Furthermore, even if God miraculously cured the first sin, what makes Lewis so sure there would have been a second? By his own admission, the first sin was committed in ignorance of the consequences. “Up to that moment the human spirit had been in full control of the human organism. It doubtless expected that it would retain this control when it had ceased to obey God” (p.77). Having been disillusioned by its fall, why then would the human creature wander right back into temptation a second time? This possibility does not seem to have occurred to Lewis, which is another symptom of his unfortunate tendency to not explore alternative possibilities nearly as thoroughly as he should do. As it stands, there is, at the very least, strong reason to question whether a god who acted in such a fashion would really deserve to be called benevolent at all.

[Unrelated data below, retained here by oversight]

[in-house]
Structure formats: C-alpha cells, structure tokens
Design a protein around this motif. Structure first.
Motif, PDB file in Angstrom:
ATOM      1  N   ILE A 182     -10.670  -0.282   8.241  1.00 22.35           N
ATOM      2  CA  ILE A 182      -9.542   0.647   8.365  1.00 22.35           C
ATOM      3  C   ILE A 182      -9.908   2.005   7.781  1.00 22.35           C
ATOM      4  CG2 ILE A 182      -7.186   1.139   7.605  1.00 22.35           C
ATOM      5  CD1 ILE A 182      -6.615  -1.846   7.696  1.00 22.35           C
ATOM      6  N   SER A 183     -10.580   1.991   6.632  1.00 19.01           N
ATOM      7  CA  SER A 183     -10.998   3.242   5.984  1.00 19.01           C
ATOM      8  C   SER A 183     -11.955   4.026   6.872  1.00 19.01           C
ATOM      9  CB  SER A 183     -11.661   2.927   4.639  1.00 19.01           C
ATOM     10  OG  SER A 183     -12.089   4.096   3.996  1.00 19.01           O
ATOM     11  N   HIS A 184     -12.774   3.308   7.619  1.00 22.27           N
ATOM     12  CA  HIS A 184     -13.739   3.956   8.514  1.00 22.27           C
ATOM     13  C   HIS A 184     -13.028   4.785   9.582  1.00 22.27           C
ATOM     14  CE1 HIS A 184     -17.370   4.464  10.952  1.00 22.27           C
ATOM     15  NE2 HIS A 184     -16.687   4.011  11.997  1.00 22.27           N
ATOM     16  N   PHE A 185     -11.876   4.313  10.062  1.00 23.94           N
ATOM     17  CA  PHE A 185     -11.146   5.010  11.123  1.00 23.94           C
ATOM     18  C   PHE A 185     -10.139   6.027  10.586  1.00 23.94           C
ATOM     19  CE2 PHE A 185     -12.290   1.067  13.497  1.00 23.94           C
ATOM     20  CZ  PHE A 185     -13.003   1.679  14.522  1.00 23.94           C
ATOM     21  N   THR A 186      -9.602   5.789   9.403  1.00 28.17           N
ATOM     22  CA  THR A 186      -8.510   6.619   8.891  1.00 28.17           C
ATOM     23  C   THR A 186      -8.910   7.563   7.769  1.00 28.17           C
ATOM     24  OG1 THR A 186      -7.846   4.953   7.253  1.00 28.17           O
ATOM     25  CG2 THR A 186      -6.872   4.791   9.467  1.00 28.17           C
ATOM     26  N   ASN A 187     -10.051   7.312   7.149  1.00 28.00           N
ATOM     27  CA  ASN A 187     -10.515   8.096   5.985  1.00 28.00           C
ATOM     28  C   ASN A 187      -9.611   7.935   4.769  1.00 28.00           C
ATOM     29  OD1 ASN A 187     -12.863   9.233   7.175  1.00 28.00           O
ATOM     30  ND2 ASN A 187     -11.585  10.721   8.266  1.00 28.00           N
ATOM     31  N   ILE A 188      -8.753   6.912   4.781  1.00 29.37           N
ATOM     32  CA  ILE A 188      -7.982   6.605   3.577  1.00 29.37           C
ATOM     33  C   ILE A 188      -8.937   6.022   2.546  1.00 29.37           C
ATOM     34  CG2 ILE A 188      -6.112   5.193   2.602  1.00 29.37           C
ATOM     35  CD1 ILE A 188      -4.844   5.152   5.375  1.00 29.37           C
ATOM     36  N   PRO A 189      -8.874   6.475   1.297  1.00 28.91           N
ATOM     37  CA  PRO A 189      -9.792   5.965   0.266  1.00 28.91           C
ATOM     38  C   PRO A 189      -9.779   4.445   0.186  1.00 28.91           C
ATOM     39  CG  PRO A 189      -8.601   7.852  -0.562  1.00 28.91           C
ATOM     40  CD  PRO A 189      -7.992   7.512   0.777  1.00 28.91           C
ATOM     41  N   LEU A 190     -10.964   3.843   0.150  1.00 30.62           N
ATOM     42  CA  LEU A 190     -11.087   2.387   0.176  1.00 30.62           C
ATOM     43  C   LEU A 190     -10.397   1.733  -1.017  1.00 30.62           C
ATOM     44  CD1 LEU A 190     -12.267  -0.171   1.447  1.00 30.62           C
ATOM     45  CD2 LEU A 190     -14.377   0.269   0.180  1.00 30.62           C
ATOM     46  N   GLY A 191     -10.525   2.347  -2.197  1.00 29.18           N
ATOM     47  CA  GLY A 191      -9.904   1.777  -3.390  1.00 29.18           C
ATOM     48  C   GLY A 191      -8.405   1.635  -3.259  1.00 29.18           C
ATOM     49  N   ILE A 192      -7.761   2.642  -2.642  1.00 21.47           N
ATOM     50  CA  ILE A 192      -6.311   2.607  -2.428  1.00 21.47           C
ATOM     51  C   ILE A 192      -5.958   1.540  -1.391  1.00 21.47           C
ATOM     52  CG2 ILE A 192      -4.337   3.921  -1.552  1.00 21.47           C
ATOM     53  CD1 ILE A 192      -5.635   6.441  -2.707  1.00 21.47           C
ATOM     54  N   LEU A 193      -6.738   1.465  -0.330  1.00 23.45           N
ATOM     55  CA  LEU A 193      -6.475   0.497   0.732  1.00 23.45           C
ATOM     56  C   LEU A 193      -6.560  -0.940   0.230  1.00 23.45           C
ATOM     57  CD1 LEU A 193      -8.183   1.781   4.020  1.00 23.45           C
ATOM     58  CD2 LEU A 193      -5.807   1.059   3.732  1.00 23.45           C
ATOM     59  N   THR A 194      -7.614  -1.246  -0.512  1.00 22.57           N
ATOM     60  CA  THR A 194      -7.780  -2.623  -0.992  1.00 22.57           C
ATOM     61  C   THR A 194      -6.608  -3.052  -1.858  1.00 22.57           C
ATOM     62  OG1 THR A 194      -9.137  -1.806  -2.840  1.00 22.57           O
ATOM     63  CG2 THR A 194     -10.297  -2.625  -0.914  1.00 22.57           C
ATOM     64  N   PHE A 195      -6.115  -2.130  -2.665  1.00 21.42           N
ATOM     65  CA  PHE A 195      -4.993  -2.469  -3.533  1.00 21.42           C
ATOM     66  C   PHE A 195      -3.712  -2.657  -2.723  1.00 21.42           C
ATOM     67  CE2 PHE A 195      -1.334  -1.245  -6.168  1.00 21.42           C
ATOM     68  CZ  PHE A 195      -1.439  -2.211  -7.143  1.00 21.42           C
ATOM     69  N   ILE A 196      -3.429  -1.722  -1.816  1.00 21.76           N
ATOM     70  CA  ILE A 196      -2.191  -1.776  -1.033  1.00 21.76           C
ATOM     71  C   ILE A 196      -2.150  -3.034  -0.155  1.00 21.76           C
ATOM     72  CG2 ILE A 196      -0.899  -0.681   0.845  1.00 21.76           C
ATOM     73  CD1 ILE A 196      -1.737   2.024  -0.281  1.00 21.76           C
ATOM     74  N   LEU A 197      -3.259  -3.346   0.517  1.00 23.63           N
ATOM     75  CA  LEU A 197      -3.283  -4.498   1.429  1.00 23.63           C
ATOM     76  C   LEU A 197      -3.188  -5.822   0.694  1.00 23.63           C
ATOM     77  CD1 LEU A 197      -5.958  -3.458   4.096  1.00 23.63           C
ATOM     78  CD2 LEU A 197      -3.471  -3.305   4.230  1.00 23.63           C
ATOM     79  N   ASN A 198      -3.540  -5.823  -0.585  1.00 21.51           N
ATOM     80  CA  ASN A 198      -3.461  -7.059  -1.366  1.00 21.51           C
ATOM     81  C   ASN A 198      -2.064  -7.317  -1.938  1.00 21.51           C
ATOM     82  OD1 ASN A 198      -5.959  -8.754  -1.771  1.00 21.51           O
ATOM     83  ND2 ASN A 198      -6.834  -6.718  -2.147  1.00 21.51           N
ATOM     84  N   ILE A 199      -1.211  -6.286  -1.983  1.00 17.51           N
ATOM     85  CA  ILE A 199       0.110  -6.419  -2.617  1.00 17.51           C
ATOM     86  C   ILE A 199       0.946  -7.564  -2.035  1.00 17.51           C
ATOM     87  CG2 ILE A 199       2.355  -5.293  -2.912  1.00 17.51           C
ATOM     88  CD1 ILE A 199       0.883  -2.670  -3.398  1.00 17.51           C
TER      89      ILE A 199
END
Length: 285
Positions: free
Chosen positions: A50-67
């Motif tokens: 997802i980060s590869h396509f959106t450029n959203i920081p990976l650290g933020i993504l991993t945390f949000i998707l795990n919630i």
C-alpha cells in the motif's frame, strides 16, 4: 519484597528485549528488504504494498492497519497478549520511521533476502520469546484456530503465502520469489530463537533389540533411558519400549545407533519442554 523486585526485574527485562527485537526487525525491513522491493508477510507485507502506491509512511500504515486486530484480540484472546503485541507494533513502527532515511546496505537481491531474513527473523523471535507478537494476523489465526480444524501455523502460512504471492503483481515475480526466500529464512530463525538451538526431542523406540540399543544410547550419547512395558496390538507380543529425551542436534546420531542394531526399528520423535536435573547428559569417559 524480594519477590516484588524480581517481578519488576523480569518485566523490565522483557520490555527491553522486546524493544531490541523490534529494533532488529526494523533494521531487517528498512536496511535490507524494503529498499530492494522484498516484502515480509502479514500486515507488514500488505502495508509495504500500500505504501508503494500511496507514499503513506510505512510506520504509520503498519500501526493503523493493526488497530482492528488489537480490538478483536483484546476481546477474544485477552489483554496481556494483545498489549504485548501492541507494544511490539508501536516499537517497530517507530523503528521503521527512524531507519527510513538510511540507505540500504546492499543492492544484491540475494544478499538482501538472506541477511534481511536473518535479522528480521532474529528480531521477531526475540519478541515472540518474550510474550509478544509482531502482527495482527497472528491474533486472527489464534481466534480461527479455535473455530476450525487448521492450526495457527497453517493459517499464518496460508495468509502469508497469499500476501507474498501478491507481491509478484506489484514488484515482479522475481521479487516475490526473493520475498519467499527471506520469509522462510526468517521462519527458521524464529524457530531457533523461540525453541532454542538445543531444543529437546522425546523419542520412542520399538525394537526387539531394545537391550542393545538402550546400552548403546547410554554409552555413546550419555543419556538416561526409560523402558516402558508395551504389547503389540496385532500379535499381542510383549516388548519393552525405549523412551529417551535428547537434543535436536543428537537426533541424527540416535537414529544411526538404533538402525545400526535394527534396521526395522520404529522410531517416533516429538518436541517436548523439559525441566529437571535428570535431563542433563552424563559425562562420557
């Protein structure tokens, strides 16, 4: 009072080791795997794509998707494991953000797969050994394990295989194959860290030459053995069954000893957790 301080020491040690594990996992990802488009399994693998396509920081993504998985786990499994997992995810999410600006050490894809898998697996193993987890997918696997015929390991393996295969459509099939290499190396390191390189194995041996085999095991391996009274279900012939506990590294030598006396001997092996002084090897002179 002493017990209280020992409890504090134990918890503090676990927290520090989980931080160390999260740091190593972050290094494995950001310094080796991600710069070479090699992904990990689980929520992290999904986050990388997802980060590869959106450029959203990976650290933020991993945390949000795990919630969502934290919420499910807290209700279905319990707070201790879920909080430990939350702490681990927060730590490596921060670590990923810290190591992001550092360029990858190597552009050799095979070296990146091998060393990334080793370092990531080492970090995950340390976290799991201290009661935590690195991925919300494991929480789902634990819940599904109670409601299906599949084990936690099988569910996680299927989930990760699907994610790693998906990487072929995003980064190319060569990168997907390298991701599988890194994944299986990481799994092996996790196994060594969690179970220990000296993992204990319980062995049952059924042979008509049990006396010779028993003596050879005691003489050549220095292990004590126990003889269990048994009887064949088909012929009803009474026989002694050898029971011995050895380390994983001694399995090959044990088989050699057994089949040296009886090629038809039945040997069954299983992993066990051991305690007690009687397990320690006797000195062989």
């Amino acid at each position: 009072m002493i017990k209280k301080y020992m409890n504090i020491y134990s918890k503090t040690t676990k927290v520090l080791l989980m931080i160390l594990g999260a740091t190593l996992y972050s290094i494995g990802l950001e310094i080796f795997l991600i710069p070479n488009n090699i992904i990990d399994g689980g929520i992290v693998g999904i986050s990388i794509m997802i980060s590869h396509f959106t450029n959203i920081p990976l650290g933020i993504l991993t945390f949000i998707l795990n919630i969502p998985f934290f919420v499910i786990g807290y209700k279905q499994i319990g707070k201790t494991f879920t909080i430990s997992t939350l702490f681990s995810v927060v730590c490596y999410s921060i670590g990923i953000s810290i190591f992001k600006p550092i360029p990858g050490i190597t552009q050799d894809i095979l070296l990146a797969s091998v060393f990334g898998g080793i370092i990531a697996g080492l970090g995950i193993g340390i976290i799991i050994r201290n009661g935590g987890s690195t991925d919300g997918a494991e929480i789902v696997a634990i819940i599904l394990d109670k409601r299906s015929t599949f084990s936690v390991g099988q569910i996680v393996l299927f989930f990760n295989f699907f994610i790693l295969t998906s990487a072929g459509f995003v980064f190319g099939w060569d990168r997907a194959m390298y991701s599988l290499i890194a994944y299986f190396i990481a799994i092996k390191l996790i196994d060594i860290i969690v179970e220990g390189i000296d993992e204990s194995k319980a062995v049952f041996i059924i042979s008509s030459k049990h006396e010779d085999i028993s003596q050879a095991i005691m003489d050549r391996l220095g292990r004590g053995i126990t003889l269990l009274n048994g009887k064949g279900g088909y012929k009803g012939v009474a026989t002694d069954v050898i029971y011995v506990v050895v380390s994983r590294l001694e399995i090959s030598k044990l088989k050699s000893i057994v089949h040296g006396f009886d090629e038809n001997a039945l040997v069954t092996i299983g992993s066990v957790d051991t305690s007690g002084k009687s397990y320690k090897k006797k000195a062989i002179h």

Lewis next explores the role of pain in redemption. According to him, it plays two roles, the first of which is to jolt unsaved people out of their complacency: “God whispers to us in our pleasures, speaks in our conscience, but shouts in our pain: it is His megaphone to rouse a deaf world” (p.91). A person experiencing pleasure and happiness sees no reason to repent and turn to God, but pain “plants the flag of truth within the fortress of a rebel soul” (p.94). Second, the process of true repentance involves undoing the primeval sin, surrendering oneself to God, which is inevitably a painful event for an ego afraid of losing itself: “to surrender a self-will inflamed and swollen with years of usurpation is a kind of death” (p.89).